In the past we decided to treat the metal-api as a "low-level API", i.e. the API does not know anything about projects and tenants. A user with editor access can for example assign machines to every project he desires, he can see all the machines available and control them. Even though we always wanted to keep open the possibility to just offer bare metal machines to the end-user, the ultimate objective has always been to create an API for Kubernetes clusters. Hence, we tried to keep the metal-api code base as small as possible and we added resource scoping to a "higher-level API", the cloud-api, a component that is not open-source. From there, a user would be able to only see his own clusters and IP addresses.
The implication is that the metal-api has no multi-tenancy without another layer on top of it that implements resource scoping. One can say that we treat clusters as first-class citizens. In regard of clusters we fulfill the objective that we had from the very beginning: provide a multi-tenant API for Kubernetes clusters to the end-users.
However, as time passed by, things changed: The metal-stack is becoming an open-source product and we already have promising adopters of our product, who are willing to contribute to metal-stack. This is a serious chance of making our product better and more successful. It turns out that the decision we made was sufficient for us, but for others it is not.
For example, users who want to combine the Metal Stack with Gardener, may not want to hide all of the Gardener's functionality behind the cloud-api in the way we do. They want to use the much more powerful Gardener Dashboard instead. The Gardener itself does not need the cloud-api either. It is a cluster-api by itself. It only needs to utilize our "low-level API" and actually expects this API to have multi-tenancy as otherwise every logged in user can create / destroy clusters in every existing project from the Gardener dashboard.
This makes obvious that, with our decision, we placed an unnecessary obstacle in the way of our adopters: They now need to implement an own layer between the Gardener and the metal-api to provide multi-tenancy. From the Gardener-perspective we strongly differ from other cloud providers in this aspect and it is a matter of time when this will become an issue. When we encourage adopters to implement such interfaces on their own we also partly lose control of our product, we increase divergence.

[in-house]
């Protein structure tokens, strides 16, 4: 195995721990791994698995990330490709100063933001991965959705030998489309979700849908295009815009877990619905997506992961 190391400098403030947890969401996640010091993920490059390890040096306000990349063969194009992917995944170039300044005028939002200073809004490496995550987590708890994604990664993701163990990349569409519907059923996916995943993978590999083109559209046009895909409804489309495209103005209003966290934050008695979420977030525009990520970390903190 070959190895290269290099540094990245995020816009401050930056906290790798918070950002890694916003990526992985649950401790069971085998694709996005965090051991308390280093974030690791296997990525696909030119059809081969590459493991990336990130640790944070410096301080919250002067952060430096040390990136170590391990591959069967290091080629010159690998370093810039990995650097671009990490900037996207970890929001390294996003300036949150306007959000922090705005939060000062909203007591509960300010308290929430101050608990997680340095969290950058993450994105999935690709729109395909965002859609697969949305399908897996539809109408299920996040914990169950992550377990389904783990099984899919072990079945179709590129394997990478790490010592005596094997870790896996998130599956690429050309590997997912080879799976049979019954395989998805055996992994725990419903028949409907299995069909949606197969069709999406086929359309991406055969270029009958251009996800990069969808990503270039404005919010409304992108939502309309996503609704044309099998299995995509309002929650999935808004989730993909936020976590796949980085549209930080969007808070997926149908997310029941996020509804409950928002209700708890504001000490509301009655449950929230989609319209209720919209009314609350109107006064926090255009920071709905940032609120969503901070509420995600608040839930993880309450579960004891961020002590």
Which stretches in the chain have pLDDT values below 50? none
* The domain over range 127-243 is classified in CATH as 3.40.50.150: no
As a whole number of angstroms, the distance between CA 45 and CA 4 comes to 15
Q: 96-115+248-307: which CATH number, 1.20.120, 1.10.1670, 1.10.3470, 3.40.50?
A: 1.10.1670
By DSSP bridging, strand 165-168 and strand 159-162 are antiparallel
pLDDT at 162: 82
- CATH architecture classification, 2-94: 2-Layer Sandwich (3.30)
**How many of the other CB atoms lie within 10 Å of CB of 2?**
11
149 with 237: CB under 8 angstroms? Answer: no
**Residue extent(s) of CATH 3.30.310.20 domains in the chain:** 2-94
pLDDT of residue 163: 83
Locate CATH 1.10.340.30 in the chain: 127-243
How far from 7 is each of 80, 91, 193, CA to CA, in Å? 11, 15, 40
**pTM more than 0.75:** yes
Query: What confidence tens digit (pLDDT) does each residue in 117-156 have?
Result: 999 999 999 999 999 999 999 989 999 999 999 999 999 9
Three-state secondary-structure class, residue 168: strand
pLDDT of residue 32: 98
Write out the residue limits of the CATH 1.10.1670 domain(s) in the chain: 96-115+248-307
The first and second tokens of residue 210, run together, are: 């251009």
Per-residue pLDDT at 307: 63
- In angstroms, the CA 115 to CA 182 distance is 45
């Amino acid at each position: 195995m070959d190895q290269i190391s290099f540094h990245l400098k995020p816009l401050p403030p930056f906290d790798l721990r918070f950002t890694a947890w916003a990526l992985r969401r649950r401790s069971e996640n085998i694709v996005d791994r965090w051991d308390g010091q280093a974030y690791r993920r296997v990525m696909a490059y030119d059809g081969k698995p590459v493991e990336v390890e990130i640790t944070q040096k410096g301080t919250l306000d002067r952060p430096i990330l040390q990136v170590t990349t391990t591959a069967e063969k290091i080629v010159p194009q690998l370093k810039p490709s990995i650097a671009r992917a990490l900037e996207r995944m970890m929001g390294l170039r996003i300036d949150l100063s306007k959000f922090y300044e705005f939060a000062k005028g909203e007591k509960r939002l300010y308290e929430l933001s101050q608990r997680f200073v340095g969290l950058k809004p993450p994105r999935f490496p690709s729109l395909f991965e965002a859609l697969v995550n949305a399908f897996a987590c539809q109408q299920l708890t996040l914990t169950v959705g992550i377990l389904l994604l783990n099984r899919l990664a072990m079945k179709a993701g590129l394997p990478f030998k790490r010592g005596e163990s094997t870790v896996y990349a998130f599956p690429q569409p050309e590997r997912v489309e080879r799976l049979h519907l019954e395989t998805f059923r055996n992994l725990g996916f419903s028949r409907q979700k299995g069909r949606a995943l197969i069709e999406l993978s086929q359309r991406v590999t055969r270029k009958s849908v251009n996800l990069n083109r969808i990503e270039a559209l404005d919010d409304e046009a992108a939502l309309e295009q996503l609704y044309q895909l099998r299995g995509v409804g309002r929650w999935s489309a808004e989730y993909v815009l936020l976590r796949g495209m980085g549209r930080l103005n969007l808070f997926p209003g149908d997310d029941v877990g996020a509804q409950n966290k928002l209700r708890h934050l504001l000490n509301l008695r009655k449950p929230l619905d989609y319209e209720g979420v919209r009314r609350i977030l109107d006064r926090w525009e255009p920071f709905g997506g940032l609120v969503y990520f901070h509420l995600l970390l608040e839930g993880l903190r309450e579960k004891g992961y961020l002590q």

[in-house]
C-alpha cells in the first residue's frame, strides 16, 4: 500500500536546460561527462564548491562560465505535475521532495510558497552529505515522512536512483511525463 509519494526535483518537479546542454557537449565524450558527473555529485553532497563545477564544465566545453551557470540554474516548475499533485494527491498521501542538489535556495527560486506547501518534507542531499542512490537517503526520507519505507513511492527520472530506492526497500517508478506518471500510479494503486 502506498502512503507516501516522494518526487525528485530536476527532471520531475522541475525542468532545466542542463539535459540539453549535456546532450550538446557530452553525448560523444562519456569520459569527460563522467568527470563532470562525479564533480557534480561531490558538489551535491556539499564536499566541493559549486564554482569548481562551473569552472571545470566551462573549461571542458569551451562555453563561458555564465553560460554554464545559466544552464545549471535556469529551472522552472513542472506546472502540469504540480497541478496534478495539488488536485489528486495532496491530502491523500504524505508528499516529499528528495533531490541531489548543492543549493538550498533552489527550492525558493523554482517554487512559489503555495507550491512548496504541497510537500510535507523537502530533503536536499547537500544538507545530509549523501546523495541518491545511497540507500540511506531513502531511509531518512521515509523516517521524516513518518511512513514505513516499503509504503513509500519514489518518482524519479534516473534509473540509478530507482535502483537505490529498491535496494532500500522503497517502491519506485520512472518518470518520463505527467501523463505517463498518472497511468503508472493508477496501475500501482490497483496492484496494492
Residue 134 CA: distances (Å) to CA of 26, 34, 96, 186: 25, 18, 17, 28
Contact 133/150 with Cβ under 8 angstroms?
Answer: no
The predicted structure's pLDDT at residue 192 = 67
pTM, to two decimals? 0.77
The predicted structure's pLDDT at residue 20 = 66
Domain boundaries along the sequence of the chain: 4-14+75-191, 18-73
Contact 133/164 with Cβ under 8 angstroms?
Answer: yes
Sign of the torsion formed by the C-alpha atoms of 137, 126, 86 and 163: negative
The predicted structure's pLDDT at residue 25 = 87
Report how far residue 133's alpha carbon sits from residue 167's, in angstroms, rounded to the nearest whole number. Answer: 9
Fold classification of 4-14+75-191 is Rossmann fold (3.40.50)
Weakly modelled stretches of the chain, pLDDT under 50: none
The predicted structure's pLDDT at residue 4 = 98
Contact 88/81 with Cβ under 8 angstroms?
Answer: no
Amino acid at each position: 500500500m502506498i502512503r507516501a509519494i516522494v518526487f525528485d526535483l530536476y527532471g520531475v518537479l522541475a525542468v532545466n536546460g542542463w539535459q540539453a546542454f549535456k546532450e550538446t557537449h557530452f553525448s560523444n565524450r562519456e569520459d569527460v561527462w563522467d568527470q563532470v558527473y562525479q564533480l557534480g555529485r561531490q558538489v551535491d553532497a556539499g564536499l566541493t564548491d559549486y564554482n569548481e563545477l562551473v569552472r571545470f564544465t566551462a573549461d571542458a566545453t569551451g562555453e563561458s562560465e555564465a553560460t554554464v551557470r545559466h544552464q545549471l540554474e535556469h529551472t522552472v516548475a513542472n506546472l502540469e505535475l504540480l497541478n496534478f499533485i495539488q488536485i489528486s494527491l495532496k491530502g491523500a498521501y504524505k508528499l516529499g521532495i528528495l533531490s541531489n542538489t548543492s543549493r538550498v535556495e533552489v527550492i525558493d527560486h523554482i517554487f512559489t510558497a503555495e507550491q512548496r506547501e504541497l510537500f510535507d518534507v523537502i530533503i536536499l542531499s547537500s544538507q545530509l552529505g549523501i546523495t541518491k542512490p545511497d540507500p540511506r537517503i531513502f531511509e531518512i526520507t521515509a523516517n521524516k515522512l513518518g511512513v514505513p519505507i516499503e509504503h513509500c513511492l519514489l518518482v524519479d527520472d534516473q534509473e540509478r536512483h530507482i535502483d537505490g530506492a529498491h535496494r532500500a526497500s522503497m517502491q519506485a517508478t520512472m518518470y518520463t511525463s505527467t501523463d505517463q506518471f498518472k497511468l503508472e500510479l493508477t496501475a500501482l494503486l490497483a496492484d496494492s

As the cloud-api is not part of the Metal Stack, the promise of multi-tenancy is only true for our network layer. Without the cloud-api to enable multi-tenancy, the network isolation is currently useless for end-users. Users of the Metal Stack can not self-manage machines, networks and ips without compromising the environment and thus, there is no self-service. We lose a valuable selling point when adopters can not immediately make use of our leading edge network isolation where we put so much effort to.
If a third-party uses Gardener and our metal-api had multi-tenancy, we would be able to allow a third-party to create clusters with workers in our own partitions. At the moment, this is not possible because the Gardener needs to know the HMAC secrets to create worker nodes, which would compromise our environment. If a thirdy-party knows our HMAC we lose control over the machines of our own tenants.
One could think about solving the multi-tenancy issue by adding machine endpoints to the cloud-api. Gardener would then not consume the metal-api anymore but only the cloud-api.
This approach would not be ideal. We only want to offer a minimum viable product to adopters. The Gardener does not need a cluster-api as provided by the cloud-api. We want to treat additions on top of the basic stack as enterprise products.
The cloud-api contains billing endpoints, which are a perfect example for an optional addition of the Metal Stack. For basic usage of the Metal Stack a user does not need billing. Still, billing functionality can be interesting for some enterprises, who are like us, selling the infrastructure to third-parties.
Multi-tenancy in the metal-api also has the potential to limit the damage that a provider administrator can cause by mistake. If an administrator has to acquire project permissions on machine-level we can effectively reduce the damage he can make to this single project.